In Saudi Arabia, “the family is the single most important unit of…society.” (Saudi-American Forum)
The structure of Saudi families are traditionally patriarchal, with the male being the head of the household and in charge of duties that are usually found outside the household such as protecting and providing for his family. Family identity is also tied to the father and he, therefore, has custody of the children should the question arise. Men can have as many as four wives, but polygamy is no longer widely practiced. If wealthier men do have more than one wife, the wives and their children tend to live in separate units from each other.
Role of Women
Women are taught to participate in roles that affect life inside the household such as managing the house, taking care of the children, and some decisions regarding the children’s upbringing. They are not restricted to these roles, as is demonstrated by the increasing number of successful business women. In Saudi Arabia, “the role of women [is] basic to maintaining the structure of the family and therefore of society” (Country Studies). This is due in large part to the fact that women are controlled more by men, keeping their chastity, and therefore their family honor, in check, which, in turn, makes the family’s bonds and society stronger.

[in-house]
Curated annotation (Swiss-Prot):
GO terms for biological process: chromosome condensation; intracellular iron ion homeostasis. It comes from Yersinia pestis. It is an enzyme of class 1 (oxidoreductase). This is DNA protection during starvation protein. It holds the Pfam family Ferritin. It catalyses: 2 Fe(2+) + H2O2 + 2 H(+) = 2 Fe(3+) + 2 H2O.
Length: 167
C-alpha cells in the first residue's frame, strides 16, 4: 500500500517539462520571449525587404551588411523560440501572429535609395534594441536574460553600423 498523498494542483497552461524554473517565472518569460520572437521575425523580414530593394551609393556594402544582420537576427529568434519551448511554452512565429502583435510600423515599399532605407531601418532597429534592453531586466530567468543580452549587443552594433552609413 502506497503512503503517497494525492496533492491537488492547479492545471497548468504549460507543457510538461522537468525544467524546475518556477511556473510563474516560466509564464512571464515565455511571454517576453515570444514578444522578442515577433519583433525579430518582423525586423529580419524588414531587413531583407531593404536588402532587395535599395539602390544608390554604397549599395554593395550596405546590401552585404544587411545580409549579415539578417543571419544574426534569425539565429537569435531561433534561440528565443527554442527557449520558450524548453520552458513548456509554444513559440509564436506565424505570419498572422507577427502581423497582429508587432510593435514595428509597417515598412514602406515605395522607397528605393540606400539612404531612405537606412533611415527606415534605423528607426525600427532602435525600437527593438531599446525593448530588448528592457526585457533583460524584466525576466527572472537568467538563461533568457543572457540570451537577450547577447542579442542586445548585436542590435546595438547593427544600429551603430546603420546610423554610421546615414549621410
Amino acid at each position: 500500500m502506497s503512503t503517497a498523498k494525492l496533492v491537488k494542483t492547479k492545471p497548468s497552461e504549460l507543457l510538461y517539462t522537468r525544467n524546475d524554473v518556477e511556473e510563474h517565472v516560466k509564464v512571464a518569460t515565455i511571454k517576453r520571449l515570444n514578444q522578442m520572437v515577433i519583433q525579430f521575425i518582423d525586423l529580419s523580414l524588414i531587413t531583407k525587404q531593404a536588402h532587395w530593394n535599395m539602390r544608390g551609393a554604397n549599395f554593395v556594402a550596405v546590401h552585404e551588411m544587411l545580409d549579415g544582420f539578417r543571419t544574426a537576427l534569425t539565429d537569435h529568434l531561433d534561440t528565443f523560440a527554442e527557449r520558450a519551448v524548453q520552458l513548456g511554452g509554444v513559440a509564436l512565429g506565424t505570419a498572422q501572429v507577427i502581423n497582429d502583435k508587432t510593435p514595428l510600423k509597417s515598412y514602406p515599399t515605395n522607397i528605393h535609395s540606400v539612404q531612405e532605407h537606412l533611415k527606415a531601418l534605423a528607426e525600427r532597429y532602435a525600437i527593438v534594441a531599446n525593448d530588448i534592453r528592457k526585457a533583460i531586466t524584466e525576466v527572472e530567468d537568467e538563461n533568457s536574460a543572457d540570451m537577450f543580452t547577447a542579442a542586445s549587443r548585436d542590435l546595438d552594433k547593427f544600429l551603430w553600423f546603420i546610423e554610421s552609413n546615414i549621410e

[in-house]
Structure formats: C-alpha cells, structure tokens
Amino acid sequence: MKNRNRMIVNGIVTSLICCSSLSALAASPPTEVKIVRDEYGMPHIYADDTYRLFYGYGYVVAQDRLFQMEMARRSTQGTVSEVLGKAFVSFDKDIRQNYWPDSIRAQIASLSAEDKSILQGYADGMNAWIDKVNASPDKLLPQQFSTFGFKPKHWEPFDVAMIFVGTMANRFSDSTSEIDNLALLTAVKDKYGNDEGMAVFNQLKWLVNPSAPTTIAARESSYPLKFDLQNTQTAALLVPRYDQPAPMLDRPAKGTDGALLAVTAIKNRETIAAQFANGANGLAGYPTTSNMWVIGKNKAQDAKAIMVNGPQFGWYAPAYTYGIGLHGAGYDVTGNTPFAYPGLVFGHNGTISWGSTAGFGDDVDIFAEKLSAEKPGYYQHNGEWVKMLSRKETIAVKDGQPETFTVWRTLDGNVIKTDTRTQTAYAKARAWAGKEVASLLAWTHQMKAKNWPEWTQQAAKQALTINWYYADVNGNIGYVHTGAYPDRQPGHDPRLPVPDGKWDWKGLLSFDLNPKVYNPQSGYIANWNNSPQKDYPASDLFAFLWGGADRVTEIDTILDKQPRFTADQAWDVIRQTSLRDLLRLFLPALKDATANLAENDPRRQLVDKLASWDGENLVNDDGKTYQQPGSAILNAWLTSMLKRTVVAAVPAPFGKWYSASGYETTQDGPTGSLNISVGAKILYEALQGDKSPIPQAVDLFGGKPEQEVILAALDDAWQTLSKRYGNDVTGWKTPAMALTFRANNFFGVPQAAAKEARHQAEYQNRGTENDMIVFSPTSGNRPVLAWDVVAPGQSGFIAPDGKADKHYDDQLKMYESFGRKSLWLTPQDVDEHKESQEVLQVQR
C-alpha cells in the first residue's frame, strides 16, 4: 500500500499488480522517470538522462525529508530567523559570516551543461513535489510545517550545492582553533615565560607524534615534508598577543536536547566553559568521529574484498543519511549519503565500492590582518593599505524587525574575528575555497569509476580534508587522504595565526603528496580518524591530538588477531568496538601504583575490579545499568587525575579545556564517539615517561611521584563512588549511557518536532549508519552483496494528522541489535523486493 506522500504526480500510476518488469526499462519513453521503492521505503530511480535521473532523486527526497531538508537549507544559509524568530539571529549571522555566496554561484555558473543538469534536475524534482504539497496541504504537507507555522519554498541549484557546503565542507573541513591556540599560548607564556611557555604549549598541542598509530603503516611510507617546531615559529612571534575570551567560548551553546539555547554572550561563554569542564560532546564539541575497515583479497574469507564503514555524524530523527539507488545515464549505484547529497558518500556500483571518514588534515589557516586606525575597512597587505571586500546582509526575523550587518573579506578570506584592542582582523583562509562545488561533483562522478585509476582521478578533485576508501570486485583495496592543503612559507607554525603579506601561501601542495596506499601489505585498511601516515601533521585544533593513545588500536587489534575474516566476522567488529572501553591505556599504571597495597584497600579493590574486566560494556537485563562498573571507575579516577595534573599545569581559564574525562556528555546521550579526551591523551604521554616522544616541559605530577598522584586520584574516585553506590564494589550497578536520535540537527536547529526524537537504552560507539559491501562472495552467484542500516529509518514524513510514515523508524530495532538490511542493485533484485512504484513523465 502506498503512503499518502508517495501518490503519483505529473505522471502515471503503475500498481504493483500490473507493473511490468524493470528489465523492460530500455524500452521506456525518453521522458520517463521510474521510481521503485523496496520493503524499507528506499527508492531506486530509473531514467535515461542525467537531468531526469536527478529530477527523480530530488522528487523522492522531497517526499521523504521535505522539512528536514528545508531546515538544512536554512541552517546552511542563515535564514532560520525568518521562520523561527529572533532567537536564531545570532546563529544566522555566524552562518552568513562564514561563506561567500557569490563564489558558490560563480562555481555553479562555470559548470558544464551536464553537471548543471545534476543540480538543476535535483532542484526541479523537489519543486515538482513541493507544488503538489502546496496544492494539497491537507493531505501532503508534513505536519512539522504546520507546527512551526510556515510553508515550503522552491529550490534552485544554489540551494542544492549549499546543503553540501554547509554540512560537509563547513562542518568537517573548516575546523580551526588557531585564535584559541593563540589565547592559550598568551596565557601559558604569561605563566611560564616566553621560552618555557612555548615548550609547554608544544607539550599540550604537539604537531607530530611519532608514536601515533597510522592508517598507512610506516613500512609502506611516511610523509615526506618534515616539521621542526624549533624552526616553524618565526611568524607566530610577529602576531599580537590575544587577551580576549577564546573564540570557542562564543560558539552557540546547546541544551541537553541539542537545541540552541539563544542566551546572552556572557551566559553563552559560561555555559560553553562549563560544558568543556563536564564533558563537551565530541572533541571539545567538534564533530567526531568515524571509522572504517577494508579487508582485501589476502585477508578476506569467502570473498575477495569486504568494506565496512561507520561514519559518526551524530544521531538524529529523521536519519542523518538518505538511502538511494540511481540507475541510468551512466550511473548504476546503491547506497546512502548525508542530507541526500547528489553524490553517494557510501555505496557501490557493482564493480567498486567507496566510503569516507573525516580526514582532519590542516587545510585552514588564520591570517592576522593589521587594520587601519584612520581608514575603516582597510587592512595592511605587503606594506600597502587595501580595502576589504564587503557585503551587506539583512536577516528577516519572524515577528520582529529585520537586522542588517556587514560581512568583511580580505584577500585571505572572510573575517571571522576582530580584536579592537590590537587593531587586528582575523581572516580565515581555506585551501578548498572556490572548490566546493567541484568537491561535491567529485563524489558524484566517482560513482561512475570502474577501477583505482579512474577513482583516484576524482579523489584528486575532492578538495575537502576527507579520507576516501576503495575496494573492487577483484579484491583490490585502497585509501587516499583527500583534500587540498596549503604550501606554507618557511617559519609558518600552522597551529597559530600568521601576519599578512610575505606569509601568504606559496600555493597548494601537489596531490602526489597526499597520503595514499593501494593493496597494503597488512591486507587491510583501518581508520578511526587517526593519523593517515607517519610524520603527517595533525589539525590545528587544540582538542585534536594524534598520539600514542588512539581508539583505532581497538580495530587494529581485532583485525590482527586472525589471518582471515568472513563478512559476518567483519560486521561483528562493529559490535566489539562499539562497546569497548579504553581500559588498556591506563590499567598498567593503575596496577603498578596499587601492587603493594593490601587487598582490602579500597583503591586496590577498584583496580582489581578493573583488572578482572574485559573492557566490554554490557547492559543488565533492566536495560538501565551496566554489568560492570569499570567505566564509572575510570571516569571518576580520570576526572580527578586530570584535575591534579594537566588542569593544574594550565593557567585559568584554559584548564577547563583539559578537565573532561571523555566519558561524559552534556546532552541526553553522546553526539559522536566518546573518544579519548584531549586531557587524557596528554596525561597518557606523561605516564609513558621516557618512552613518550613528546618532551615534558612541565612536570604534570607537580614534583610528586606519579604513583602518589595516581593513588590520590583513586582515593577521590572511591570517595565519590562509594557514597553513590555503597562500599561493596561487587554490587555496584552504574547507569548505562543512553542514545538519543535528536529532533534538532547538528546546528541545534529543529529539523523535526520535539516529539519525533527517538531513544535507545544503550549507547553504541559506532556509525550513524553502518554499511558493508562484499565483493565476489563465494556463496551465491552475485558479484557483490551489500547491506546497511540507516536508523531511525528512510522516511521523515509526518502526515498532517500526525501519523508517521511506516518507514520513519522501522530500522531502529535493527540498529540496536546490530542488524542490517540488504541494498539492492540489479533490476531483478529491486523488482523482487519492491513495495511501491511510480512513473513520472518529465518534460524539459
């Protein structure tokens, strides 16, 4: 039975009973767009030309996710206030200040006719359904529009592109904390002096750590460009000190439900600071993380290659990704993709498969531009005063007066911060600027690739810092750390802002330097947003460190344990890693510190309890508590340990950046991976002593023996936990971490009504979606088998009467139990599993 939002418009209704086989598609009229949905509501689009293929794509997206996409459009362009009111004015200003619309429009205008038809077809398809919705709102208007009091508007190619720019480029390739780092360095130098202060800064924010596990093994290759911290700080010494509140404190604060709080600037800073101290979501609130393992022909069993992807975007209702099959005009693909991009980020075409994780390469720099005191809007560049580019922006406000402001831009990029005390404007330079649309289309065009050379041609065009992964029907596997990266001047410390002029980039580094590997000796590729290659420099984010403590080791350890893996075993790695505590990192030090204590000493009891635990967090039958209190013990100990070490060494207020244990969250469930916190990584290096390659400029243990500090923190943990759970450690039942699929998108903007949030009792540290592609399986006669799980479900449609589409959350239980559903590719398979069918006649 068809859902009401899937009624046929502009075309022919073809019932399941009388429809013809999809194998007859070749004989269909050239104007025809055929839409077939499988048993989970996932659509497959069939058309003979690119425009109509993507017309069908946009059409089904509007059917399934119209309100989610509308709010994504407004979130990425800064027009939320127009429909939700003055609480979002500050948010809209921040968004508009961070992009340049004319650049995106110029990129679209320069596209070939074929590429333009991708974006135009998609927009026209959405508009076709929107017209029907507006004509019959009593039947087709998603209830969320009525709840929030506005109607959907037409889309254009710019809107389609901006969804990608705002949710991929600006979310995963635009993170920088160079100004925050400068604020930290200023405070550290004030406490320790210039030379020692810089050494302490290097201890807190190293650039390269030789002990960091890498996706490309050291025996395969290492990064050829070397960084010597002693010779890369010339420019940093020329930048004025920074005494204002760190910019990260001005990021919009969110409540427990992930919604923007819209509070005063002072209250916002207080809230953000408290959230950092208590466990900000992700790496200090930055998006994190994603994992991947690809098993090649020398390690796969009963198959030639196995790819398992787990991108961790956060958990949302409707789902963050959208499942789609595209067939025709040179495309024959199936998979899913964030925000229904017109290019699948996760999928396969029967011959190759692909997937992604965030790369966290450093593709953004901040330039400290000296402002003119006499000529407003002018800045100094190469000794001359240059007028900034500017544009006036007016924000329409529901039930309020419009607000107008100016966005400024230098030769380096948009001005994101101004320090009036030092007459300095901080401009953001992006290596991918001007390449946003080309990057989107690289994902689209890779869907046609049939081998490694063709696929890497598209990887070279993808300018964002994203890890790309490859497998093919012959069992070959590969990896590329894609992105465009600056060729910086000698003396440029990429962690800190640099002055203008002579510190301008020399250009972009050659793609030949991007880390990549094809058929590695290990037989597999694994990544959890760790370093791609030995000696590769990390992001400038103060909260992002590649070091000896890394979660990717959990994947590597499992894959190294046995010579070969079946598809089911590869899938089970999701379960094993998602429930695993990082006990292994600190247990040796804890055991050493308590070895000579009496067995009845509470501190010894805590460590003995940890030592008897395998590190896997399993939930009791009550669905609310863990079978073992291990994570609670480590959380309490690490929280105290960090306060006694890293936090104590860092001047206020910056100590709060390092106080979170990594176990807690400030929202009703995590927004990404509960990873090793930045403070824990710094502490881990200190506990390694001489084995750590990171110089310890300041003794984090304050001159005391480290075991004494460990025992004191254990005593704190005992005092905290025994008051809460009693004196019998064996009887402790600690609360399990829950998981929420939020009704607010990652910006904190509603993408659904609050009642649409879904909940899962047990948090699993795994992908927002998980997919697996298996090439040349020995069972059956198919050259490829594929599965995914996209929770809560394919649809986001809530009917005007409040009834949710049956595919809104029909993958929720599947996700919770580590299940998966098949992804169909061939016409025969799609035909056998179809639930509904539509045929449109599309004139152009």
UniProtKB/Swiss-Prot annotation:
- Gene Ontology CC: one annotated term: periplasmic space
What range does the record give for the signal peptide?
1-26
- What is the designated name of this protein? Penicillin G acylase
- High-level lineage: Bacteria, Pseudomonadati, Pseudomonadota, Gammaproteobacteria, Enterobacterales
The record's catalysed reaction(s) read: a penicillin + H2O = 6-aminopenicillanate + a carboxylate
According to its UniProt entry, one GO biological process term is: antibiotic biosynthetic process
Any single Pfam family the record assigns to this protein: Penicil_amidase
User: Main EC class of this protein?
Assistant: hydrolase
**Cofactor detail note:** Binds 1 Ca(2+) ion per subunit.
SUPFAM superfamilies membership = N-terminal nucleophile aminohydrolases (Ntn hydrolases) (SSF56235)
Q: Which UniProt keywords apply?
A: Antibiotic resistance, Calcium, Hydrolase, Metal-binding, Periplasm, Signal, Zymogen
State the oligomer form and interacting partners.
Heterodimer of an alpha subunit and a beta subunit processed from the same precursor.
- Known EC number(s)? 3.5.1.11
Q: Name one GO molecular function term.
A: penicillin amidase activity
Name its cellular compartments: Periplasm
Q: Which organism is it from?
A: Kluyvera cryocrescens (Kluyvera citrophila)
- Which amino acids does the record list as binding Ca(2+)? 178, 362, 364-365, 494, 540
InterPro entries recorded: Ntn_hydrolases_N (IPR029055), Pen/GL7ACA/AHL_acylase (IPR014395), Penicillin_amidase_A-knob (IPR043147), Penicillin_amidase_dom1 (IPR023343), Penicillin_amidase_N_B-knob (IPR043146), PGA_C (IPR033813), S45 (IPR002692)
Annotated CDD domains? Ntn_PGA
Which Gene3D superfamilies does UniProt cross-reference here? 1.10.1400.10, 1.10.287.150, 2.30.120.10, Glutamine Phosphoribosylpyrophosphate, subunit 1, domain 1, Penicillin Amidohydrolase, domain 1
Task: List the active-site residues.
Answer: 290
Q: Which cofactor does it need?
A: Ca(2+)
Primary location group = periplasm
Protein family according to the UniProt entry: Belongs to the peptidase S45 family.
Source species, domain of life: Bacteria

Marriage also serves in creating alliances with other families and it remains a significant turning point in many Saudi Arabian’s lives. Although there are some exceptions, the vast majority of marriages are arranged. A Saudi marriage is more of a civil contract, and the wedding itself is known as an “Islamic Civil Ceremony” (Family Life). Men pay dowries for brides that are usually in the form of Saudi money or mehr. It is common for men to pay anywhere from 25,000 to 40,000 mehr (Cultural Homogeneity and Values).
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